Stack Overflow is a community of 4.7 million programmers, just like you, helping each other.

Join them; it only takes a minute:

Sign up
Join the Stack Overflow community to:
  1. Ask programming questions
  2. Answer and help your peers
  3. Get recognized for your expertise

I'm trying to add through a jquery event and I'm getting NaN. What am I missing?

   <input type="hidden" id="skillcount" name="skillcount" value="3" onchange="valueadd(this)"/>

   function valueadd(ok){
var value=parseFloat($(this).val())+1;
}
share|improve this question
up vote 5 down vote accepted

The code should be:

function valueadd(ok){
  // "this" inside here refers to the window
  var value=parseFloat(ok.value)+1;
} 

The inline onchange is actually an anonymous function:

function() {
   //"this" inside here refers to the element
   valueadd(this);
}

So "this" is an argument that gets called "ok" in the valueadd scope. As the others have stated, though, you probably want to use jquery's bind so "this" inside of valueadd will point to the element.

share|improve this answer
    
+1 for explanation about the inline event handler (though I suspect it may not be grasped as I don't know many people who realize it) – JAAulde Jul 21 '11 at 1:40

this is a reserved word in JavaScript, so you can't use it in the function argument signature.

I'd probably change that code to...

$('#skillcount').change(function() {
    var value = parseFloat($(this).val()) + 1;
});

jsFiddle.

...and drop the inline event handler.

To check if parseFloat() returns NaN, use isNaN().

share|improve this answer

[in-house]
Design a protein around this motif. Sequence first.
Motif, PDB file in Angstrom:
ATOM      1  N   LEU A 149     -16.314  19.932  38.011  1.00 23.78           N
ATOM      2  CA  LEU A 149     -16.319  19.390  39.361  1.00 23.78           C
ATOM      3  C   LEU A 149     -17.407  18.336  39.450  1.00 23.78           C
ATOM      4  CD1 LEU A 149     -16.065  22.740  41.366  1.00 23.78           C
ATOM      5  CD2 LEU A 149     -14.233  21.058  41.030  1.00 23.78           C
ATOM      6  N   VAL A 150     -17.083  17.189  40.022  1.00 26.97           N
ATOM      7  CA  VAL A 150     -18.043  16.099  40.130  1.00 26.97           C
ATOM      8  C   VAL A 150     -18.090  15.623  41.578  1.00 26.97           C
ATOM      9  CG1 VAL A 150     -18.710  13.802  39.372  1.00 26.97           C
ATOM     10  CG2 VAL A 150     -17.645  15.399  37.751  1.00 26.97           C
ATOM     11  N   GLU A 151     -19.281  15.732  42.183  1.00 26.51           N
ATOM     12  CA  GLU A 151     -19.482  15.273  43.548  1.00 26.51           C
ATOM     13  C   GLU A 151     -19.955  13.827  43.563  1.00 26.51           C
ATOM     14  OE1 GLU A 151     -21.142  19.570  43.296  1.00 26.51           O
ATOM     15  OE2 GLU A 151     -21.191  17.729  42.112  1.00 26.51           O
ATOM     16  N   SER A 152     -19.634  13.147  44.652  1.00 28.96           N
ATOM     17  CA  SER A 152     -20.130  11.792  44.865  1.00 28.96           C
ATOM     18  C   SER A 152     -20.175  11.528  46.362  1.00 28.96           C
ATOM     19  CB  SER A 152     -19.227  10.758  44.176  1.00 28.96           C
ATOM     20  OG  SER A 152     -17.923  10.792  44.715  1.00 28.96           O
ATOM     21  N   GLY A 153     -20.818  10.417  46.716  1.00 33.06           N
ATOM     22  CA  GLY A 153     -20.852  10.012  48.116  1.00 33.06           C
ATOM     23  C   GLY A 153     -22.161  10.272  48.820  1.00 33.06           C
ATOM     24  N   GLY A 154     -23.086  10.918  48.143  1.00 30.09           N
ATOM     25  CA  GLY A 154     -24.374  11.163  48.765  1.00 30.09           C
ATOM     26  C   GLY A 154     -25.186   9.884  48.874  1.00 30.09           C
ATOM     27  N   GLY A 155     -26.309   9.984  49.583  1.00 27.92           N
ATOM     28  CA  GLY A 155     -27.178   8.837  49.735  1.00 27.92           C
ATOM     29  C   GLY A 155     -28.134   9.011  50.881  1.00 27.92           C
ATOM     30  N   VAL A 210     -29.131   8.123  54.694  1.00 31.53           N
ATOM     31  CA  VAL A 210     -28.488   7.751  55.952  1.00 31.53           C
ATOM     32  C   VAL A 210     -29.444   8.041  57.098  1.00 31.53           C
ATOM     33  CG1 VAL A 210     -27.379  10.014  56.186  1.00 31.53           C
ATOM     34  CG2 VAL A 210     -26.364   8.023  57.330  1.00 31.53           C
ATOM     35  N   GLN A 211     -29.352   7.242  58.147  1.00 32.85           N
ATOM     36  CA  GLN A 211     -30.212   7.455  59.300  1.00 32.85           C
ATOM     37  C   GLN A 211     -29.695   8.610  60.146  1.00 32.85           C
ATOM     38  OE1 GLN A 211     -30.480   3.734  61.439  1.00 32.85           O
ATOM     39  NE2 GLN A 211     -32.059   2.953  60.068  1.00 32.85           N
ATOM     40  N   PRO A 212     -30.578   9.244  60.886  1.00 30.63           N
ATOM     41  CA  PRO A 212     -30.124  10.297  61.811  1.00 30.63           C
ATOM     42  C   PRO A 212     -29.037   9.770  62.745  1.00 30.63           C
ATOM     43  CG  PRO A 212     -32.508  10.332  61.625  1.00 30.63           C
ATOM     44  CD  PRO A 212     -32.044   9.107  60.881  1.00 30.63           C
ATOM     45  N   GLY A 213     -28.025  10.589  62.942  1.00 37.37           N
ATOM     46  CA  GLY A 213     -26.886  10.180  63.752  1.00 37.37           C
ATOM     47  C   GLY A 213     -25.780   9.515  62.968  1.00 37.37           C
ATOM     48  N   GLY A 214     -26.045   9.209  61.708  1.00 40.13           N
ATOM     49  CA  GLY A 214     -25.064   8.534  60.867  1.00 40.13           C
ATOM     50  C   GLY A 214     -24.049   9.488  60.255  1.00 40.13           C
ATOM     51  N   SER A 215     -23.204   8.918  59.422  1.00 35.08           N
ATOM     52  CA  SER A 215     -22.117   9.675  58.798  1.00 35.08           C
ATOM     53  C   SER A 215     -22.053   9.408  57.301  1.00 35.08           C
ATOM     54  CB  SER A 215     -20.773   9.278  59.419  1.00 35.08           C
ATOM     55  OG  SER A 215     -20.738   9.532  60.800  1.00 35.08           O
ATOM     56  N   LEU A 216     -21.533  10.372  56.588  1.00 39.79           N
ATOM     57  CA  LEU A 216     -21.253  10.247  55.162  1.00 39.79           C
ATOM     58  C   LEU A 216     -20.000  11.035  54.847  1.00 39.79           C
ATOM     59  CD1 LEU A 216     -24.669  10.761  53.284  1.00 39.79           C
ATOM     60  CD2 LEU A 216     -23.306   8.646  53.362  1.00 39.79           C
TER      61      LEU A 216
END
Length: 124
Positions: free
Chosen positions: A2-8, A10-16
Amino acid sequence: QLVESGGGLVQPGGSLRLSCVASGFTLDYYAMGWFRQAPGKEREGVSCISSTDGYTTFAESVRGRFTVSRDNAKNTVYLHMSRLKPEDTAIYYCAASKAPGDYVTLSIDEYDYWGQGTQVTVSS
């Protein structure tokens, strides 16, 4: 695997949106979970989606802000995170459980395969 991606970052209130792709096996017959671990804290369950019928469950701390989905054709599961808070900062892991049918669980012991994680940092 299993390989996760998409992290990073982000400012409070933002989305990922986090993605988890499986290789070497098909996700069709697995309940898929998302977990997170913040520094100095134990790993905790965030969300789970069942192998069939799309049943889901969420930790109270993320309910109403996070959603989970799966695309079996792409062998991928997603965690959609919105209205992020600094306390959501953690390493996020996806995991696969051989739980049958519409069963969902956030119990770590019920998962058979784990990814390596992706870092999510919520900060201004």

I don't have the this in it I wrote that for simplicity not knowing it was a reserved word. however the addition is comming up NaN still.It needs to be in a function since other things happen after this. – Clay Smith Jul 21 '11 at 1:35
    
+1 for good jQuery answer and beating me to the punch. ;) – JAAulde Jul 21 '11 at 1:36

You should be able to do it simply like so:

<input type="hidden" id="skillcount" name="skillcount" value="3" onchange="valueadd()"/>

function valueadd()
{
    var value=parseFloat(this.value)+1;
}
share|improve this answer
    
+1 for solid JS answer which does not require jQuery – JAAulde Jul 21 '11 at 1:36
  1. Assign your behavior with jQuery since you have it available and are using it anyway. Don't use inline event handlers
  2. A function bound by jQuery is executed in scope of the element on which the event occurred. Which means this is the element.
  3. this cannot be used as a param name or anything other than to access the object in scope.

Use:

<input type="hidden" id="skillcount" name="skillcount" value="3" />

<script type="text/javascript">
    $( '#skillcount' ).bind( 'change', function()
    {
        var value = parseFloat( $( this ).val() ) + 1;
    } );
</script>
share|improve this answer
2  
FWIW, unless you manually trigger the change event for a hidden input, no such event ever occurs. Change requires focus, change of value, and blur. Hidden inputs can never gain or lose focus, so they never "change" – JAAulde Jul 21 '11 at 1:41

Your Answer

 
discard

By posting your answer, you agree to the privacy policy and terms of service.

Not the answer you're looking for? Browse other questions tagged or ask your own question.